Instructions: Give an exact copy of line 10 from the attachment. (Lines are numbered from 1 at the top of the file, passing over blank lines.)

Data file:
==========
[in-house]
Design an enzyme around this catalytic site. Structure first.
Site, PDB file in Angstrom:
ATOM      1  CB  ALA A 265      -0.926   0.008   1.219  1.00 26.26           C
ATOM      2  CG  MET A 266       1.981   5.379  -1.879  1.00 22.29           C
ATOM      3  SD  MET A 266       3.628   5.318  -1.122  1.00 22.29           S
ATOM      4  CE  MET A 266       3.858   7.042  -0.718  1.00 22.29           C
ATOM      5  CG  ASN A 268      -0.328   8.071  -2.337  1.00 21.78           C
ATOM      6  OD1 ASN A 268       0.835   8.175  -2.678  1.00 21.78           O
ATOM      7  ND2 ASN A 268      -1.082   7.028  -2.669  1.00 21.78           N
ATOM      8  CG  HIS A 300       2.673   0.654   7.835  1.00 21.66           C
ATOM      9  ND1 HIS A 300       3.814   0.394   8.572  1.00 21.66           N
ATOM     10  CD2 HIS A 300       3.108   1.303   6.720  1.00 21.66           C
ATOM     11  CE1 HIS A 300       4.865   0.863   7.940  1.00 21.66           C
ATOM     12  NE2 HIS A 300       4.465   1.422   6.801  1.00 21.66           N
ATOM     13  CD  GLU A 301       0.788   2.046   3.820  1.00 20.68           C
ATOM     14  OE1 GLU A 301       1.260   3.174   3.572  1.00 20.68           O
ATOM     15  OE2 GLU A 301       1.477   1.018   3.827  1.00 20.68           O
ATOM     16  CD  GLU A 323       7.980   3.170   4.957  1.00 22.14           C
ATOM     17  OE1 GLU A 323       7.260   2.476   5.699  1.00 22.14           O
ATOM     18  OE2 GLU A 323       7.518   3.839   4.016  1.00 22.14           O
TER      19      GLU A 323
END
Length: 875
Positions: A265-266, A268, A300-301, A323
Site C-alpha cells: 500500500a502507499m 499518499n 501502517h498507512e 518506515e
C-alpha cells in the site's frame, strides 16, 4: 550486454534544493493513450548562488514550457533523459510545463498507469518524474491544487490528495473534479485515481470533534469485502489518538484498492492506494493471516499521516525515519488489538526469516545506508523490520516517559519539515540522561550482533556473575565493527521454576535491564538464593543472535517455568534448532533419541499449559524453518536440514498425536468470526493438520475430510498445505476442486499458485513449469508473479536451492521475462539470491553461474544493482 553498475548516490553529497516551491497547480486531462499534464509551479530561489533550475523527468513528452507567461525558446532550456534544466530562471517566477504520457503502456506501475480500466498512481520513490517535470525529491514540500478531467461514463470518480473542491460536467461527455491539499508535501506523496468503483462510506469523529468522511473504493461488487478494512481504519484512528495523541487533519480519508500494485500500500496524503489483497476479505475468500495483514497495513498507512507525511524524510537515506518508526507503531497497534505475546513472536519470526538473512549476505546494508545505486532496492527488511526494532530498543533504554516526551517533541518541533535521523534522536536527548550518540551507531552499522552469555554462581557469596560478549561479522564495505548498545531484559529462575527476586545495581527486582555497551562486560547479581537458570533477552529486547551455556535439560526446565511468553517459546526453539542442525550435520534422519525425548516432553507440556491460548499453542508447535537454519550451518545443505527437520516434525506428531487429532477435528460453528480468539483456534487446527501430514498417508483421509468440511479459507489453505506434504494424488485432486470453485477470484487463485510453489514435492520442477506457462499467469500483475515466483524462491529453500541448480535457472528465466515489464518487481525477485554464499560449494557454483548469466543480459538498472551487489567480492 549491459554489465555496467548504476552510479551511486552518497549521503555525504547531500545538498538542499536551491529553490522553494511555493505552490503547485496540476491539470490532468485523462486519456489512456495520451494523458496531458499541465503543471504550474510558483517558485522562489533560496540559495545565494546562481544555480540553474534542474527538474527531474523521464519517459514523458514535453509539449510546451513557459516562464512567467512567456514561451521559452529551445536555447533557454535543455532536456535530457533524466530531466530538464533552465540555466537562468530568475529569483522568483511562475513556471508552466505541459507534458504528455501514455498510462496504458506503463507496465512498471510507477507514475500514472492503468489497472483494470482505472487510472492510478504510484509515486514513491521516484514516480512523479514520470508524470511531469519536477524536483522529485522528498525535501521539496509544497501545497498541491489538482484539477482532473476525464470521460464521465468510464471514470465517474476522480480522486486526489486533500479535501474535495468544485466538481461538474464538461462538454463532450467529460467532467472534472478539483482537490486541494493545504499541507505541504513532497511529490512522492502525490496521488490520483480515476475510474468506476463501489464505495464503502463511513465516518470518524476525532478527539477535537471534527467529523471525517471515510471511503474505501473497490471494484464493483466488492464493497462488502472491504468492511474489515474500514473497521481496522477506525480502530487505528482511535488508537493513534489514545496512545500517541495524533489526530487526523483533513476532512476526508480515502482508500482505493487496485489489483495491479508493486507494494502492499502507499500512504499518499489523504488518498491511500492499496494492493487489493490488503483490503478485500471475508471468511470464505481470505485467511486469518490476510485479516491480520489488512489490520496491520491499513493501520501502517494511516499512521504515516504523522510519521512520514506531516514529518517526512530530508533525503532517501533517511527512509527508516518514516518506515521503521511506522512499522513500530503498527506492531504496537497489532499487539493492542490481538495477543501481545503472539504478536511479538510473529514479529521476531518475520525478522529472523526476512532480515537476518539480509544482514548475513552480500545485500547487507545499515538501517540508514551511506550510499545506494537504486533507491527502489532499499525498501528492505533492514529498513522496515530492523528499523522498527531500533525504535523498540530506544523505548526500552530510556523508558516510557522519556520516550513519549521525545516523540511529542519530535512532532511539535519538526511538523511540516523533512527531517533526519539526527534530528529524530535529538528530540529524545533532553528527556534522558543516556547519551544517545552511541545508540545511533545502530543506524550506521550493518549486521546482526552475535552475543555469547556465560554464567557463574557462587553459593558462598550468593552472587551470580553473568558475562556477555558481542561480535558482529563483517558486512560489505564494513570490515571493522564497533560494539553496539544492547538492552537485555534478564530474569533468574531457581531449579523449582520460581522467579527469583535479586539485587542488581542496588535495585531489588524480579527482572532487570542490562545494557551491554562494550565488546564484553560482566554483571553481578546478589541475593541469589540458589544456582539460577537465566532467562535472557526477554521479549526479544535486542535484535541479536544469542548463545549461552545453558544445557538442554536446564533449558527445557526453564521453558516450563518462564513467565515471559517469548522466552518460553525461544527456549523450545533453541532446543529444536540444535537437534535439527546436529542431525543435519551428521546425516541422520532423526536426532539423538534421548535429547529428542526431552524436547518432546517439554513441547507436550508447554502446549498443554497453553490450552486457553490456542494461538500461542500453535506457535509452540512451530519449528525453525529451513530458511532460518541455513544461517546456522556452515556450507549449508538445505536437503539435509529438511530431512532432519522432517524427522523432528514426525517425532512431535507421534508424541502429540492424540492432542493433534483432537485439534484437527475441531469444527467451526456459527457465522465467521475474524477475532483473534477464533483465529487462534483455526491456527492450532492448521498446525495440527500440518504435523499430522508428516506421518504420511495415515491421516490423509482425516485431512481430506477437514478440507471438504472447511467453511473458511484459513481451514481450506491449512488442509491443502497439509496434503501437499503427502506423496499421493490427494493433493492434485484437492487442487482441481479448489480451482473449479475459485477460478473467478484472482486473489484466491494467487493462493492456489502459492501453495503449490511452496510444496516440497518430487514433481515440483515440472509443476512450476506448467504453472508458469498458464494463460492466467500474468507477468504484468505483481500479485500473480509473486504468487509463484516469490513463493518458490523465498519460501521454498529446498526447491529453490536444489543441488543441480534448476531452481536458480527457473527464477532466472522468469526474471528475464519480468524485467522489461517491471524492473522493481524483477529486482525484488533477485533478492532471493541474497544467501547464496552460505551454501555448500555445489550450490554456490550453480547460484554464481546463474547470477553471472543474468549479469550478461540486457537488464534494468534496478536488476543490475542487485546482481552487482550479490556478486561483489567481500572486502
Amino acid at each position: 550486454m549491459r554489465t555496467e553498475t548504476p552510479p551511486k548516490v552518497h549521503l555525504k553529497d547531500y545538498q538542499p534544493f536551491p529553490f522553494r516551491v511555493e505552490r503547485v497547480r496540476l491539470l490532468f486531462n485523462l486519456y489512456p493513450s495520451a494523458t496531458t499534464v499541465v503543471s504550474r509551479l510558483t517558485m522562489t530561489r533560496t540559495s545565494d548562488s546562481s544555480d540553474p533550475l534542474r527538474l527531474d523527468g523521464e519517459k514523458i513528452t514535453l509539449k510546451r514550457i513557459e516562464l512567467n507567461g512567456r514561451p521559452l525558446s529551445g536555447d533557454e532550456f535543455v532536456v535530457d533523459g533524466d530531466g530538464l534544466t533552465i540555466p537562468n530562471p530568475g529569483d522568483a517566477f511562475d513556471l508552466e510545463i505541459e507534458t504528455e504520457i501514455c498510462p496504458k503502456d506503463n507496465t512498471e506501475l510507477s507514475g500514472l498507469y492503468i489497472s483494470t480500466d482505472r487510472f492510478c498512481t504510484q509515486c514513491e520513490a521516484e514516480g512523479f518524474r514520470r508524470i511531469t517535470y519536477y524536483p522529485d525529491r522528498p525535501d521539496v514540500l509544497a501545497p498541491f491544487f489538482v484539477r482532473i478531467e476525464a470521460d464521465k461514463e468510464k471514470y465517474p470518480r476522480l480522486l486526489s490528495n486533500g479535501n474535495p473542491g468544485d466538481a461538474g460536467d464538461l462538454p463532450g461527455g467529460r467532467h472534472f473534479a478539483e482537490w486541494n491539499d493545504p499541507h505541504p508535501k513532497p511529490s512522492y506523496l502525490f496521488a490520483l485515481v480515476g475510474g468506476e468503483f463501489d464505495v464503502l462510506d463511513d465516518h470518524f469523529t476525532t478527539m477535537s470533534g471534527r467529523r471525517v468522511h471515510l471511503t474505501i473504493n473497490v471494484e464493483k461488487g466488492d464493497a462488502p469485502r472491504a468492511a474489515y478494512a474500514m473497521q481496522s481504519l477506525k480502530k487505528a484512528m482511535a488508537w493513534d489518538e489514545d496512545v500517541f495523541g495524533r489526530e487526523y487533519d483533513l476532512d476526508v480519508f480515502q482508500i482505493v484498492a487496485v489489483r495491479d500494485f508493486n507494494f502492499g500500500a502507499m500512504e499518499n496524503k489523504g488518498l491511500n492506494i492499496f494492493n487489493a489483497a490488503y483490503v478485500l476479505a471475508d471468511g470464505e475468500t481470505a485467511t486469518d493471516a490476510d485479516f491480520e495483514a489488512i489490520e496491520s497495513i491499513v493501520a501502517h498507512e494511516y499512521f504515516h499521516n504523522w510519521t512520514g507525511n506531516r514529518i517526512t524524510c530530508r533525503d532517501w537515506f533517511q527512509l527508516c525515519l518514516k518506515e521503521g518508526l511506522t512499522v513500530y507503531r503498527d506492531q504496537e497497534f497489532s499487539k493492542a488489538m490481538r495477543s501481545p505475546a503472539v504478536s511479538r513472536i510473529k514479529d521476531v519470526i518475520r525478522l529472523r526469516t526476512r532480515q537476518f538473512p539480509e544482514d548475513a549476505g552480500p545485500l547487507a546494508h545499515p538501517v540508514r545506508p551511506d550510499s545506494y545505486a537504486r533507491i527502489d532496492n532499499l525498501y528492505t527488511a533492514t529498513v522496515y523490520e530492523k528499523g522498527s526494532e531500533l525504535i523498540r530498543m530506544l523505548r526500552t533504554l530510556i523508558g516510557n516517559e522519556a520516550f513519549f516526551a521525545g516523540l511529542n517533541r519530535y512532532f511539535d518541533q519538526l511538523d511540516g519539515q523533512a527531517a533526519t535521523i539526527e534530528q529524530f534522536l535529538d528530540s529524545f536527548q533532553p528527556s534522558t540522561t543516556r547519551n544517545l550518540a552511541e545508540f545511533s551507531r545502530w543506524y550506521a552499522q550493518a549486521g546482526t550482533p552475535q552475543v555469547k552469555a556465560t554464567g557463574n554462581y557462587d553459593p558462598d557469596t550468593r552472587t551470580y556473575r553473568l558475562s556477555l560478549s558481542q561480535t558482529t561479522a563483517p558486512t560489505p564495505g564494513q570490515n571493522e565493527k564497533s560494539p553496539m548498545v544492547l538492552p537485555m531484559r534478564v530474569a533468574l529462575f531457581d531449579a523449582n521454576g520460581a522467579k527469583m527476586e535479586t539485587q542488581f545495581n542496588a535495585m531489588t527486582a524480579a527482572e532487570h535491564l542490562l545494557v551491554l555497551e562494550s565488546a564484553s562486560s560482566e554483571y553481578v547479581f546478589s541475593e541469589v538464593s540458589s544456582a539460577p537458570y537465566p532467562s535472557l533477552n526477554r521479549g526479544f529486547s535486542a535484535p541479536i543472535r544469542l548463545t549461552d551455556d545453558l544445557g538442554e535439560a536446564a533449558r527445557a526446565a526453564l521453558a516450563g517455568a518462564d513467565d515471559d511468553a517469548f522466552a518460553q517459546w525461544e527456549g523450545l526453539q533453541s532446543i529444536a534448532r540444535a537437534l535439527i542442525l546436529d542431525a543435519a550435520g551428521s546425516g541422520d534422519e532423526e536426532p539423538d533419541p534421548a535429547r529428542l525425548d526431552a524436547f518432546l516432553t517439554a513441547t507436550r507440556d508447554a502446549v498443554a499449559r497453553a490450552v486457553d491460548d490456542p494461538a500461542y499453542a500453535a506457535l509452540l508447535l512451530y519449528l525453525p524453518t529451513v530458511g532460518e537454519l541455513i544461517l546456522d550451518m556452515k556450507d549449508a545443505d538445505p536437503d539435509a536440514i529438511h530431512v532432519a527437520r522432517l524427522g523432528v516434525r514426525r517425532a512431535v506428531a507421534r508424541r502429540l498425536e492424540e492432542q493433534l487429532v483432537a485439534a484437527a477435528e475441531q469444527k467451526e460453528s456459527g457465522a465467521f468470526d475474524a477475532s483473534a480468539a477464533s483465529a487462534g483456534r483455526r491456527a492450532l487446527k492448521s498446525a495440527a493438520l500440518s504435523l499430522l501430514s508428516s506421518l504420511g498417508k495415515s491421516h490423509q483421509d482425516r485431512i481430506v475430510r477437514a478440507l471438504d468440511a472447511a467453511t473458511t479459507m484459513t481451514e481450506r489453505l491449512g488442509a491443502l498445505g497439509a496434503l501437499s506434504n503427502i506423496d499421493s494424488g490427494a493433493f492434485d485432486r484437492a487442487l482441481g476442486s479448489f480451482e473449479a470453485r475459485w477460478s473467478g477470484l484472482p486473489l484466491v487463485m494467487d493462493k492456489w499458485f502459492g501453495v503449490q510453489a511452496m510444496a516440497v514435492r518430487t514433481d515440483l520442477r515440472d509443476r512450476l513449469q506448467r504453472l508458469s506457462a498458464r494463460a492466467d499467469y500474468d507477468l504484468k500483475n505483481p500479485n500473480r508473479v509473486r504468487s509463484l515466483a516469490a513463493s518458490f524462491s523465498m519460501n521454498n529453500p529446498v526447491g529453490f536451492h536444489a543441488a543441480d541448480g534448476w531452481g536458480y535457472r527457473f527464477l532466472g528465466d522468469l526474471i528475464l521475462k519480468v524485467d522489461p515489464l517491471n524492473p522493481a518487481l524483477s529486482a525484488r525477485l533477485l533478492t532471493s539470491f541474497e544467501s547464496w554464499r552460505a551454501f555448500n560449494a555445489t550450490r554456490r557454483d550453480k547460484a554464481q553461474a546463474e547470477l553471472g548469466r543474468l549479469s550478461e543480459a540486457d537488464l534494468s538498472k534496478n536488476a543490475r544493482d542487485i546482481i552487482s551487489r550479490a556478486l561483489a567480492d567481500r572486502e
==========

ATOM      7  ND2 ASN A 268      -1.082   7.028  -2.669  1.00 21.78           N